ANNAPOLIS – In a stinging defeat for Gov. Robert L. Ehrlich Jr. and a major victory for organized labor, the Maryland General Assembly late Thursday overrode the veto of a closely-watched bill that will force Wal-Mart to pay more in health benefits to its employees.
The legislation apparently makes Maryland the first state in the nation to enact such a requirement, and was heavily lobbied by both business and labor. The bill was passed in last year’s session of the Legislature and vetoed by Ehrlich, a Republican, in May. Since then, passage of the bill over the governor’s veto has been a major priority of the Assembly’s Democratic leaders and their labor allies.
The bill does not specifically target Wal-Mart. Known as the Fair Share Health Care Plan, it requires companies employing more than 10,000 people to spend at least eight percent of their payroll on health care benefits. Wal-Mart is the only company of that size in the state that does not already do so, though the giant retailer does offer health insurance to its employees.
Thursday’s votes, first in the Senate and then in the House of Delegates, were close. A three-fifths majority in each house was needed to override the veto, and the vote was largely along partisan lines as the governor had fought hard to defend his veto.
In a statement issued after the House vote, a spokesman for Ehrlich said that the governor had been “cautiously optimistic” that the veto override would fail, “but unfortunately, that was not the case.”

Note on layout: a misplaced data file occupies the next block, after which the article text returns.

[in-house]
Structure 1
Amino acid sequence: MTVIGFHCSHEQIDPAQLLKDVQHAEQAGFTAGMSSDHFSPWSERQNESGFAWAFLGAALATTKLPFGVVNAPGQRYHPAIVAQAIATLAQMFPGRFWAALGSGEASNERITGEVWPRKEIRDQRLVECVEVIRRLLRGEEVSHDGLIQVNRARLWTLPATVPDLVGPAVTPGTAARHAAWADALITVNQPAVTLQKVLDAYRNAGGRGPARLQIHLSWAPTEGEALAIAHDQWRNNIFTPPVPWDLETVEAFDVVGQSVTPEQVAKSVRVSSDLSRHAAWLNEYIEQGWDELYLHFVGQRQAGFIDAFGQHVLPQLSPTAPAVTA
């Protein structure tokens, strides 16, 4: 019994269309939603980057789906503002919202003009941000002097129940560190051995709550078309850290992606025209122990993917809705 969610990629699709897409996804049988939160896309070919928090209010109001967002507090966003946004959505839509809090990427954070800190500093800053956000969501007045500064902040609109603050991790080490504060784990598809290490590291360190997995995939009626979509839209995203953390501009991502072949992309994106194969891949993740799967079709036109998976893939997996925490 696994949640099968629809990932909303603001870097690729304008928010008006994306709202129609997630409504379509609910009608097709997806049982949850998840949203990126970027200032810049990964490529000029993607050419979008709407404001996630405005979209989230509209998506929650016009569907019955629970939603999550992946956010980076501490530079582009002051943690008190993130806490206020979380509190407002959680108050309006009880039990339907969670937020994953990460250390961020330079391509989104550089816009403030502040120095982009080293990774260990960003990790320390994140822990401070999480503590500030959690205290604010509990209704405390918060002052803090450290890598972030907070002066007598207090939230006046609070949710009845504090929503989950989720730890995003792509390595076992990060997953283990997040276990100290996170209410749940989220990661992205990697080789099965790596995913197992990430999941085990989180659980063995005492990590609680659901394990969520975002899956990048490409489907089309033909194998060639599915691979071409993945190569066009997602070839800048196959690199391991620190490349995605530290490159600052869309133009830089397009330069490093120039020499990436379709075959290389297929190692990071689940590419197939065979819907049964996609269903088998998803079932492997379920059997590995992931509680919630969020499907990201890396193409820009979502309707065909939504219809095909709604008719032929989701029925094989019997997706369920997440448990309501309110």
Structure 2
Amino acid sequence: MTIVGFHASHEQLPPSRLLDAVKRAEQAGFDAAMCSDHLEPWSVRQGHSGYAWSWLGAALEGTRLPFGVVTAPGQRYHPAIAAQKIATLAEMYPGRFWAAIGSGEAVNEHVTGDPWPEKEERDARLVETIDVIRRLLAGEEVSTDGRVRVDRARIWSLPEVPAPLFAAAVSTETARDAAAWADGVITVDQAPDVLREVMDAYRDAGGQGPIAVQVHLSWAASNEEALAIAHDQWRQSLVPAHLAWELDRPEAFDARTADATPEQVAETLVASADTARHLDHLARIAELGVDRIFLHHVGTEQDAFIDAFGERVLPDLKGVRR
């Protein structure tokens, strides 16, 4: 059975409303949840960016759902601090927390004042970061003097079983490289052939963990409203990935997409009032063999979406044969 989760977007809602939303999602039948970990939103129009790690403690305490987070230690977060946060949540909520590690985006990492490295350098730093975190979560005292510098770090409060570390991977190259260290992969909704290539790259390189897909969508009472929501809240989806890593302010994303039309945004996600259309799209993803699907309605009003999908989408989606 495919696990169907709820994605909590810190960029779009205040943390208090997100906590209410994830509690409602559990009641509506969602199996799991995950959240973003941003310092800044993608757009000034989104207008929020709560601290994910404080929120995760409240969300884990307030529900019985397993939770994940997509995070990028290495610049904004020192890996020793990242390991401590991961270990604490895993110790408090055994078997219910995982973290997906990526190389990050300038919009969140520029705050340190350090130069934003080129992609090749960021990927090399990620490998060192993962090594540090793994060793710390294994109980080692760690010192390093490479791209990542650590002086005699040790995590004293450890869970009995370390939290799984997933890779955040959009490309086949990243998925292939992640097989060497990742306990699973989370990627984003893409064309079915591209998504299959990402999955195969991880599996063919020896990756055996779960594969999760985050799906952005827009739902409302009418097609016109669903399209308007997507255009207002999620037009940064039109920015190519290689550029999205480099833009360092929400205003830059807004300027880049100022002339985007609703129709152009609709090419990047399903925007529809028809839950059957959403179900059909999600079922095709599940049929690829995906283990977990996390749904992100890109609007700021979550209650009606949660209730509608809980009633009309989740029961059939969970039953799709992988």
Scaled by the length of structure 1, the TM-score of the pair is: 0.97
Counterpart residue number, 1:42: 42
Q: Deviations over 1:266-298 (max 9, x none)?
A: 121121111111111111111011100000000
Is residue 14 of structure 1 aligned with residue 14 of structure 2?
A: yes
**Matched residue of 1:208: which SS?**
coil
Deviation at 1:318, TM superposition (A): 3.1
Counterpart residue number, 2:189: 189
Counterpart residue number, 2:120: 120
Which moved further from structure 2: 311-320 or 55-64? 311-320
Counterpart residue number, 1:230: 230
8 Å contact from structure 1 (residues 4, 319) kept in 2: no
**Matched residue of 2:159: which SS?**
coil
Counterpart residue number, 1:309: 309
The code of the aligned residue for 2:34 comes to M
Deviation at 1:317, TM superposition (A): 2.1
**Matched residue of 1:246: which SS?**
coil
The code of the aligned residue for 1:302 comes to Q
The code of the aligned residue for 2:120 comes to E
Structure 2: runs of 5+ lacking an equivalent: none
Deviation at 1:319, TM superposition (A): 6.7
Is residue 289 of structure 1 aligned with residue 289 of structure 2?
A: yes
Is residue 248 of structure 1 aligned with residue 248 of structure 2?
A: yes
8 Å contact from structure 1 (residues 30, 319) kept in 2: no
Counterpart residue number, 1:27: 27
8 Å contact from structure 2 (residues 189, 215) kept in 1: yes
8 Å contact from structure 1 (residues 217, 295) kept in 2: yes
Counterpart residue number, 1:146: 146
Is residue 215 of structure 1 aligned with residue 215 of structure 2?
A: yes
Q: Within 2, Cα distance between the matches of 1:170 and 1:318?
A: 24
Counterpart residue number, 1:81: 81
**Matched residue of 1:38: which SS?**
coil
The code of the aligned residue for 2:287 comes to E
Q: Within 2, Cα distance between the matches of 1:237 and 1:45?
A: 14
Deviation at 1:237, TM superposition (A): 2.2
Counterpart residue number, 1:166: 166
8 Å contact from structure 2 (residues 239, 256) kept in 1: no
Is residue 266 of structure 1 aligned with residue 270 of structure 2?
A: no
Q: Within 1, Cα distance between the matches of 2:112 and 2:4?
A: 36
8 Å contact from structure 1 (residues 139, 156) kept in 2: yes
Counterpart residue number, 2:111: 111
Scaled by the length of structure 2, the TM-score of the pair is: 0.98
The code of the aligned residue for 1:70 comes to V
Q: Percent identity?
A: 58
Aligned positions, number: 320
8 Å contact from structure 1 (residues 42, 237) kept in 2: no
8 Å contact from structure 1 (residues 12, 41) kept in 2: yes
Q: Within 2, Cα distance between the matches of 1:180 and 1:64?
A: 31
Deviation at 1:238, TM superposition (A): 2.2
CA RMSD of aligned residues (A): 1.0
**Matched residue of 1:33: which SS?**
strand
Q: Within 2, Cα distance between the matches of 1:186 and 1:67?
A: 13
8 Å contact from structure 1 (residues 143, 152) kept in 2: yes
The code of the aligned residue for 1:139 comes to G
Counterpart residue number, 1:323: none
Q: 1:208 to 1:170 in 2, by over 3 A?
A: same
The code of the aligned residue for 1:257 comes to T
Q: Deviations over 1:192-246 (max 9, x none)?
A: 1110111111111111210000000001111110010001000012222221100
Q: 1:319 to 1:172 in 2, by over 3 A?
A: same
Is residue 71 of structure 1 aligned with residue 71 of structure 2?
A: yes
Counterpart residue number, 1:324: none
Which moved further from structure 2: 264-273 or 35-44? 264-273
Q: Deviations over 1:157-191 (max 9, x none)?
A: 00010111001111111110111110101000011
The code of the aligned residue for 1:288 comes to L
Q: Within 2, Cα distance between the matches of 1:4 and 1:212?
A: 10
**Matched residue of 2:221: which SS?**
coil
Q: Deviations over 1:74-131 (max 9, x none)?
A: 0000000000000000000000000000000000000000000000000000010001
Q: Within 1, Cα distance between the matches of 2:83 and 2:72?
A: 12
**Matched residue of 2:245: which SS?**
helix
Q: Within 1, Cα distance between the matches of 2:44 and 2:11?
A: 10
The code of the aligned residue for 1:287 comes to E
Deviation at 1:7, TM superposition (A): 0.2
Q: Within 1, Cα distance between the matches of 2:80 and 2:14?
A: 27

“This is a loss for the small businesses who will be targeted next, and it sends a terrible message to employers who are considering bringing good, high-paying jobs to Maryland,” Henry P. Fawell, the governor’s spokesman, said.
In appealing to members of the House to vote for the legislation, Del. Kumar P. Barve, D-Montgomery, the majority leader, warned that Maryland should be the first state to stand up against what he called “the race to the bottom” of companies cutting employee benefits to save money.
“If we take no action tonight the competitors of Wal-Mart will only have one economic response – they too will begin to shed employee benefits,” Barve said. “They will have no other choice.”
Supporters of the bill accused Wal-Mart, the world’s largest retailer, of shorting their employees on health care and forcing them into the state’s Medicaid system.
“It says to these conglomerates in Maryland, don’t dump your uninsured employees into our Medicaid system,” said Sen. Gloria G. Lawlah, D-Prince George’s, the bill’s sponsor.
In a statement issued after the vote, Wal-Mart noted that there are 786,000 Marylanders without health insurance and that less than one half of one percent of them work for Wal-Mart.
“This vote was never about health care,” the company said. “This was about partisan politics in the Maryland gubernatorial race. In allowing a bad bill to become a bad law, the General Assembly took a giant step backward and placed the special interests of Washington, D.C. union leaders ahead of the well being of the people they serve.”
But a jubilant Fred D. Mason, Jr. president of the Maryland State and D.C. AFL-CIO, called the vote a “great day for the state of Maryland” and expressed the hope that the Assembly’s vote would indeed be a precedent for the rest of the country.
That was one of the few points on which both sides of the heavily lobbied bill agreed. “You will see what was seen as a small leak in Maryland will become a raging torrent,” said Sen. Paul G. Pinsky, D-Prince Georges, a supporter of the bill.